Geoffrey Mander – 1932 Speech on the Disarmament Conference

The speech made by Geoffrey Mander, the then Liberal MP for Wolverhampton East, in the House of Commons on 17 February 1932.

I desire to call attention to a matter of which I have given notice to my right hon. Friend the Secretary of State for Foreign Affairs, one in which a great amount of interest is taken in this country, and not in this country alone. I raise it in no spirit of hostility, but in order to give the Government an opportunity of making clear to the public exactly what the position is. The question concerns the appointment of Lord Cecil as a member of the British delegation to the Disarmament Conference. It has come as a great surprise and a shock to many people in this country to discover that he has not found it possible to accept the invitation extended to him.

I venture to say that on this matter Lord Cecil occupies an almost unique position in the country. In very wide circles, in all three parties, Conservative, Liberal and Labour, he is regarded as the leader of the peace and disarmament movement in the country. More than that, for years past he has represented successive Governments on the Preparatory Commission of the Disarmament Conference. He has worked right through the technique and the details for a number of years past, and from that point of view is as well fitted as any living individual to be there to assist, to advise and to conduct negotiations. He knows the whole technique, he knows the personalities of the different individuals with whom one comes into contact there, and he knows exactly how far one could go in this, that, or the other direction. It is difficult enough to hope for the success of a Disarmament Conference when one finds the machinery of the League of Nations functions rather feebly in the case of open aggression, when there may be a tendency arising in the world once more to regard treaties as only scraps of paper. In those circumstances, I am sure it would be the desire of everybody in the House and the country to see the British delegation as strong as it is possible to make it.

What are the facts so far as they are known to the public? We know that Lord Cecil has been invited to be a member of the Delegation, and that he has not been able to accept, and the reason given by the Lord President of the Council in this House the other day, as I understood it, was that Lord Cecil felt that he would be of more assistance outside the Conference. If a person is not in accord with the policy of a certain group, he naturally would not feel very useful inside that group. It rather makes one wonder and ask questions to get information as to what exactly is going on inside. It is clear from the statements made at the Geneva Disarmament Conference, both by the right hon. Gentleman the Foreign Secretary and by Lord Cecil, that there is a certain divergence of view. The statement of the Foreign Secretary, if he will permit me to say so, seemed to me to be in a great many respects a most admirable statement. All I would say about it is that I hope that it does not represent the last word on what the Government might be prepared to do, after negotiation with other Powers. Lord Cecil in his statement did go a good deal further. I do not know that in the long run there would necessarily be any complete divergence of view. I hope not. I hope that in due course it may be possible—and I trust that the Foreign Secretary will be able to make some indication of this kind tonight—that, although Lord Cecil is not able at the moment to join the Delegation, he is not without hope that at some later stage of the proceedings he may be brought in to the great satisfaction of all people in this country who are keen on this movement and on the promotion of the interests of the Conference.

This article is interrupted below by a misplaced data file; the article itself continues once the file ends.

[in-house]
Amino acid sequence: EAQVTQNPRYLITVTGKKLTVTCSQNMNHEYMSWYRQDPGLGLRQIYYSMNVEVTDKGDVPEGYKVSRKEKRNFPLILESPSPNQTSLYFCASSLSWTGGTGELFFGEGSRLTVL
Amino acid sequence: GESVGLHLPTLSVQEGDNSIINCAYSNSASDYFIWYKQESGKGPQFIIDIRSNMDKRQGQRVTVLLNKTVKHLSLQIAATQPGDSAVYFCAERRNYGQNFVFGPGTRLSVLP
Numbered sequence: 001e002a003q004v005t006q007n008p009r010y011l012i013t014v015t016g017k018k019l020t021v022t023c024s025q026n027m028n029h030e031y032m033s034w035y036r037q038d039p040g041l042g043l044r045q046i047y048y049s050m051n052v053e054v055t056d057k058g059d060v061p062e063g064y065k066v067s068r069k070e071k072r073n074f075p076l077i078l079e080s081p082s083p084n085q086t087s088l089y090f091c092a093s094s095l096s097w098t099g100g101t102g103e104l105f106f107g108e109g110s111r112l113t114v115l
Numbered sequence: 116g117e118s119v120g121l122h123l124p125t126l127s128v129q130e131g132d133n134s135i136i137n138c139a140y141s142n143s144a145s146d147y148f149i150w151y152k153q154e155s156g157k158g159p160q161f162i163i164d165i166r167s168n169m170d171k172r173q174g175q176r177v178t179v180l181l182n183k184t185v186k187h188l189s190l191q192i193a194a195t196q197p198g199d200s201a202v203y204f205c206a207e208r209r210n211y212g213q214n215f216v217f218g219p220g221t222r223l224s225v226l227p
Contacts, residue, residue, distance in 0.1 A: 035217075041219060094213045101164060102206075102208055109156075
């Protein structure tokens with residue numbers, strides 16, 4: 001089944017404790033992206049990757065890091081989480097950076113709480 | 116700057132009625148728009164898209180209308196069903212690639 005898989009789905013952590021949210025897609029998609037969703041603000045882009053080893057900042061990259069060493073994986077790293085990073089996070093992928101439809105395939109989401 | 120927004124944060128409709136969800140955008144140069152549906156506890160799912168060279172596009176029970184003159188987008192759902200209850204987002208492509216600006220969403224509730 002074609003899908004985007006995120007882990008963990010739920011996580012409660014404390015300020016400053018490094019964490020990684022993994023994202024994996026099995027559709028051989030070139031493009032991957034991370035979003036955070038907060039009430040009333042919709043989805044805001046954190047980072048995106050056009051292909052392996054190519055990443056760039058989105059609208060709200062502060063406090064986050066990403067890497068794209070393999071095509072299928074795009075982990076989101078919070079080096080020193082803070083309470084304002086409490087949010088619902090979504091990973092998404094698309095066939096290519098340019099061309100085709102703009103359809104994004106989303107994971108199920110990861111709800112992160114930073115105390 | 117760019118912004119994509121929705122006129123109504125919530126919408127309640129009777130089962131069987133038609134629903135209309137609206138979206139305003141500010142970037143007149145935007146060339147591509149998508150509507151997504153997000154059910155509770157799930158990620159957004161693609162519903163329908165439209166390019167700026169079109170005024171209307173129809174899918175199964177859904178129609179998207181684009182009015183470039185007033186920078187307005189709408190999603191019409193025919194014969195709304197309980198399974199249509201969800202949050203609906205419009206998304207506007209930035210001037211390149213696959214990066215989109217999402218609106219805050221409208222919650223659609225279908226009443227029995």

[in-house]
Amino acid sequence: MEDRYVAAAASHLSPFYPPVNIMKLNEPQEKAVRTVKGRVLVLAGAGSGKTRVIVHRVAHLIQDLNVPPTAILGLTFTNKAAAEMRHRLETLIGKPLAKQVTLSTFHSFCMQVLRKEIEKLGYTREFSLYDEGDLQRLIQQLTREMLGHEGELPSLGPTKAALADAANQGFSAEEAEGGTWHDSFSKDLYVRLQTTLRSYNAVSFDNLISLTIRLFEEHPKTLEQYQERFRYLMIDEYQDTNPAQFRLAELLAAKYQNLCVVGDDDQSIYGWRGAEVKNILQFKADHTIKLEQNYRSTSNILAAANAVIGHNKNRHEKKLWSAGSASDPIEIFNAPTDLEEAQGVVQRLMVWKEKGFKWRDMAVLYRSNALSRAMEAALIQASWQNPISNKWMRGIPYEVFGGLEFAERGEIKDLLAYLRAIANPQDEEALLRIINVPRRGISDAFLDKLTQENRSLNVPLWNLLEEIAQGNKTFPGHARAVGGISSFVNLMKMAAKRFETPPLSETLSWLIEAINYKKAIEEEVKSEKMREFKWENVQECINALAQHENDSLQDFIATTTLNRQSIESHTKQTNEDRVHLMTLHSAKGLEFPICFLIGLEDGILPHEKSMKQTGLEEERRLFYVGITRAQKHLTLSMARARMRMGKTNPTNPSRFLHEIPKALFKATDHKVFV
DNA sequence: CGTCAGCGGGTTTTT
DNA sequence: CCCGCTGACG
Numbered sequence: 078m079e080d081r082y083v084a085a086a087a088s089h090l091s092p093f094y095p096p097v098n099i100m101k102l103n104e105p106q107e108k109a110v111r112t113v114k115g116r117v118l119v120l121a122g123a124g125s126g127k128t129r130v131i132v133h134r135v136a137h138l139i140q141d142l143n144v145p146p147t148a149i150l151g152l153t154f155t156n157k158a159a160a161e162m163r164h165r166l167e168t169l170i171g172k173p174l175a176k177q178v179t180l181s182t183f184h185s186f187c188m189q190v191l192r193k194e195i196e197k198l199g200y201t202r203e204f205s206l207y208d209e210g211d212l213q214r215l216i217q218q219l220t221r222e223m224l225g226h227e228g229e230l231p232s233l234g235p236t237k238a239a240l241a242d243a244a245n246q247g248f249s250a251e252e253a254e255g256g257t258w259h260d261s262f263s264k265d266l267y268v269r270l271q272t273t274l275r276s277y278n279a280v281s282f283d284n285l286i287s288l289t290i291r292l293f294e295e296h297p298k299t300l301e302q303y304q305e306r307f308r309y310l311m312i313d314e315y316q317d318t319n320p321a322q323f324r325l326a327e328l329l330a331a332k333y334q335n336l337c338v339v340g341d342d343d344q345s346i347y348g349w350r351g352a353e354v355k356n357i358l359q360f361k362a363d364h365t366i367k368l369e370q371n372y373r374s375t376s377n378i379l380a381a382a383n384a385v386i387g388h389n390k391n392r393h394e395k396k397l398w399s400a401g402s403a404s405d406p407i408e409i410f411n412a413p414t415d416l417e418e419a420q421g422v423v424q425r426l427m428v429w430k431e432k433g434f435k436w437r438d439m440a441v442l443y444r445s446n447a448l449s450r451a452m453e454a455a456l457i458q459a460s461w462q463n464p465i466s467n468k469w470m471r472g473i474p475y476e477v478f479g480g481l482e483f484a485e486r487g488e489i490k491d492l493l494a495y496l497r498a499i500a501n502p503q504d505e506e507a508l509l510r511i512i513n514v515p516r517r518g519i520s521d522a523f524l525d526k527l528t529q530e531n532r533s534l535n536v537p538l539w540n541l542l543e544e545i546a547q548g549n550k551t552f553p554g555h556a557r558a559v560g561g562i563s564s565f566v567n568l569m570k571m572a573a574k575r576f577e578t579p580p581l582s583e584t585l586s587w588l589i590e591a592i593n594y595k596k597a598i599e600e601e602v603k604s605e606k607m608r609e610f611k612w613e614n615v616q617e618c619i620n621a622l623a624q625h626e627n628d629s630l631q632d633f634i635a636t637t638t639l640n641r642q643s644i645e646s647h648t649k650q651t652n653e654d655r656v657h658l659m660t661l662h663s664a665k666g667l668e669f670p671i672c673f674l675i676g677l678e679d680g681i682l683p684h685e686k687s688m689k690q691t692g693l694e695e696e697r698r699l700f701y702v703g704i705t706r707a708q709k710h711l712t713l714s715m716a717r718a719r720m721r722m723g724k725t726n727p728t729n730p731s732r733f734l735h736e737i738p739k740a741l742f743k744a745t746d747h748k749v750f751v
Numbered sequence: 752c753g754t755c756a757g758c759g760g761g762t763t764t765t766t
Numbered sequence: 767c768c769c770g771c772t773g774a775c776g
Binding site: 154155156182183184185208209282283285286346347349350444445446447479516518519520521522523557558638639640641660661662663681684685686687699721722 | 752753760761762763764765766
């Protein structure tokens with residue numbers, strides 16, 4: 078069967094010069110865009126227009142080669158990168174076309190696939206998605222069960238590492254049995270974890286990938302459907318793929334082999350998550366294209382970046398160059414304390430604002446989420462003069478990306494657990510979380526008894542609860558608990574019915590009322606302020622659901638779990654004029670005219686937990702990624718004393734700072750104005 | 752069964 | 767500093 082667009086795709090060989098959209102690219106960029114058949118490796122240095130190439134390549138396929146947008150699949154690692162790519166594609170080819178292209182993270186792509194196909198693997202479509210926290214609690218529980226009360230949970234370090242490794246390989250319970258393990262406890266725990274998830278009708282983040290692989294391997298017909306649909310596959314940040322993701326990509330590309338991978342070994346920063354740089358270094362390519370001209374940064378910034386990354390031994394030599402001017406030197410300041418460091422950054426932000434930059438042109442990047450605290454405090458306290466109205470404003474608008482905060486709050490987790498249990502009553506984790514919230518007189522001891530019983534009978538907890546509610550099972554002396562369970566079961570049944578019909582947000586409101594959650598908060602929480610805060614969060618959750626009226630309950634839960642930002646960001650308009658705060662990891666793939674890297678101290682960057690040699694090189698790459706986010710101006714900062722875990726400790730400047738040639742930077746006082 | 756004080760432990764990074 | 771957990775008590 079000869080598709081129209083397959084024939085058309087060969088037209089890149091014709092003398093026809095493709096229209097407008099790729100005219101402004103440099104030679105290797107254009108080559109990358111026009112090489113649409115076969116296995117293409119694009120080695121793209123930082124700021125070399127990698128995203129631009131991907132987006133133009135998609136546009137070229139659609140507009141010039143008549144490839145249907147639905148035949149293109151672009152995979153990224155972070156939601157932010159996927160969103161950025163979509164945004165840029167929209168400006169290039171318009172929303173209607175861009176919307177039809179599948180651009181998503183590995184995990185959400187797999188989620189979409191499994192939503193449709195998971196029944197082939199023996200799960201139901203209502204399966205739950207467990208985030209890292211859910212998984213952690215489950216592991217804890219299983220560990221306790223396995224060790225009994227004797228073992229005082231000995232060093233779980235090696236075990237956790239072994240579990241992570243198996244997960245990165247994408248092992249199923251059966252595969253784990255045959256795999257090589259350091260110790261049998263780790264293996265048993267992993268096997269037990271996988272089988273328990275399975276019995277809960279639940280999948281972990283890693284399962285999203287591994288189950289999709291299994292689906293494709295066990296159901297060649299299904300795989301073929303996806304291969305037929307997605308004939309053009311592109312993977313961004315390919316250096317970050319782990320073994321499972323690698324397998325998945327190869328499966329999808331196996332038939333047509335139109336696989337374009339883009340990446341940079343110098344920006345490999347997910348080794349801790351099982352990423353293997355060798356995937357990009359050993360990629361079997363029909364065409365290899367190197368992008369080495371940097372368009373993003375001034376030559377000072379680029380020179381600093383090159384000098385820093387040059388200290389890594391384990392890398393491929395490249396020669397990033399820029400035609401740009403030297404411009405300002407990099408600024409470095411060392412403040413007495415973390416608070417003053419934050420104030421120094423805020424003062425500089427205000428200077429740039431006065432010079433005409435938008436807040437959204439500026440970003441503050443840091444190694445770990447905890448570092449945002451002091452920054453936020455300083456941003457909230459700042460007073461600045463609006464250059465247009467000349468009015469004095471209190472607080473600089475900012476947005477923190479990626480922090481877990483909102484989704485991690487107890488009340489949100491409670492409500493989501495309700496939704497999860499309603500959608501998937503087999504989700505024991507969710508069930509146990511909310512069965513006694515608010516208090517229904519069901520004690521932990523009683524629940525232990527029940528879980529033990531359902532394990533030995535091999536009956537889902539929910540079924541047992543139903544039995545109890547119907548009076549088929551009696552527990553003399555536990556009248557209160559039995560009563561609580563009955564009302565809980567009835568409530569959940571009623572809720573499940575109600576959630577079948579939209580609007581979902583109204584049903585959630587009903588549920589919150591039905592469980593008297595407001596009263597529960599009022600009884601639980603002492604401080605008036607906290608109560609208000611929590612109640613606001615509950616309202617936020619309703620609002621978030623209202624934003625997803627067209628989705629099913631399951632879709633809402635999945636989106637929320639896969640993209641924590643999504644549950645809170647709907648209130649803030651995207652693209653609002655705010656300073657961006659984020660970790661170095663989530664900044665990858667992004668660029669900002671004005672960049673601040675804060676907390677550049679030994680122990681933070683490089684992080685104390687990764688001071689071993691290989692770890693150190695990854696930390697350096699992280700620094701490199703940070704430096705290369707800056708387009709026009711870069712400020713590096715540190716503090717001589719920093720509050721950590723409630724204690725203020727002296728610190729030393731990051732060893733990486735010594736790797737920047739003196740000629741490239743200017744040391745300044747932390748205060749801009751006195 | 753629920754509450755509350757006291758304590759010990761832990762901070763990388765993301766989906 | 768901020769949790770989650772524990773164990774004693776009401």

There is only one other word I would say, that is that if it became known—and there is a chance of this in the minds of people in this country—that Lord Cecil was unable to serve the country in this capacity because he was out of sympathy or in disagreement with the policy of the Government, I feel, in all seriousness, that it would do as much as anything to damage the prestige of this Government as a truly national Government.